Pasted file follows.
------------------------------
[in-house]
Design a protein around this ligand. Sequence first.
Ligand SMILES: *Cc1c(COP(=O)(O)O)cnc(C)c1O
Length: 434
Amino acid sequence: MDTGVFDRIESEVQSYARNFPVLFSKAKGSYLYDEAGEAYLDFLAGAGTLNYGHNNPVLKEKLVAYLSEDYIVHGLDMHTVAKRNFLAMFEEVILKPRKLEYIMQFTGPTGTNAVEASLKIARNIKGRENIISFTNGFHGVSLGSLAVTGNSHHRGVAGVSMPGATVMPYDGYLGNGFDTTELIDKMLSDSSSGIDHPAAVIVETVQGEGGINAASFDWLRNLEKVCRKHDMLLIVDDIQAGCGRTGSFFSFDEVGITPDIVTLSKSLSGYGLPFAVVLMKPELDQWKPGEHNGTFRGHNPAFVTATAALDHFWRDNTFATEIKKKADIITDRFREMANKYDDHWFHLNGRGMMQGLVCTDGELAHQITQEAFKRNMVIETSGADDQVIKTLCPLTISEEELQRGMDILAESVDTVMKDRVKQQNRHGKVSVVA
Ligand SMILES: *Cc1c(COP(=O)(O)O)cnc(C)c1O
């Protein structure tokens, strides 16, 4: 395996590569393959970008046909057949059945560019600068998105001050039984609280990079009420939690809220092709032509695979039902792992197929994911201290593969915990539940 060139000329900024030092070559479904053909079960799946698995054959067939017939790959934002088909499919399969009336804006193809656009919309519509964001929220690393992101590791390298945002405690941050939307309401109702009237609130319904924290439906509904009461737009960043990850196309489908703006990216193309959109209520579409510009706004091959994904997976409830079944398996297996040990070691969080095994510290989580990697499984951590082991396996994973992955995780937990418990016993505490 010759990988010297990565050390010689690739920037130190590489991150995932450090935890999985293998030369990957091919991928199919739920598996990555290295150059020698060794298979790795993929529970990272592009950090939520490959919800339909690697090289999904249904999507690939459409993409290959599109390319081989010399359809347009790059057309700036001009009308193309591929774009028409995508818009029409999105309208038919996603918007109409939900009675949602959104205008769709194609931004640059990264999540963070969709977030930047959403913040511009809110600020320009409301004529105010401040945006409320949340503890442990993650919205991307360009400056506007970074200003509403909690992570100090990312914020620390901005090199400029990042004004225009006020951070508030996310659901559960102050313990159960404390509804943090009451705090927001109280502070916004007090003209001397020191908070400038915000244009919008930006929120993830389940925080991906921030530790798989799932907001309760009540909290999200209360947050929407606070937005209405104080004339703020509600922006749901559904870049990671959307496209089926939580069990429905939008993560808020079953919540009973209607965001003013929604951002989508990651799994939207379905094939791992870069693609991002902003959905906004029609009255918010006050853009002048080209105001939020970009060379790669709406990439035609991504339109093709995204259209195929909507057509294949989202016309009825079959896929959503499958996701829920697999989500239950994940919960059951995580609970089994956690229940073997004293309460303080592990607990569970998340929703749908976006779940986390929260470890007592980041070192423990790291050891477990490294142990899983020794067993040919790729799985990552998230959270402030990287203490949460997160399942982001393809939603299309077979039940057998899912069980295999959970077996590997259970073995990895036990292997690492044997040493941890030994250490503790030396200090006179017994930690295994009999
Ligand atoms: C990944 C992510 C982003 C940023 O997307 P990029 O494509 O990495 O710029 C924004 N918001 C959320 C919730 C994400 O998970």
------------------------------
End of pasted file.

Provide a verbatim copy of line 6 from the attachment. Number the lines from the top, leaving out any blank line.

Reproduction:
Ligand SMILES: *Cc1c(COP(=O)(O)O)cnc(C)c1O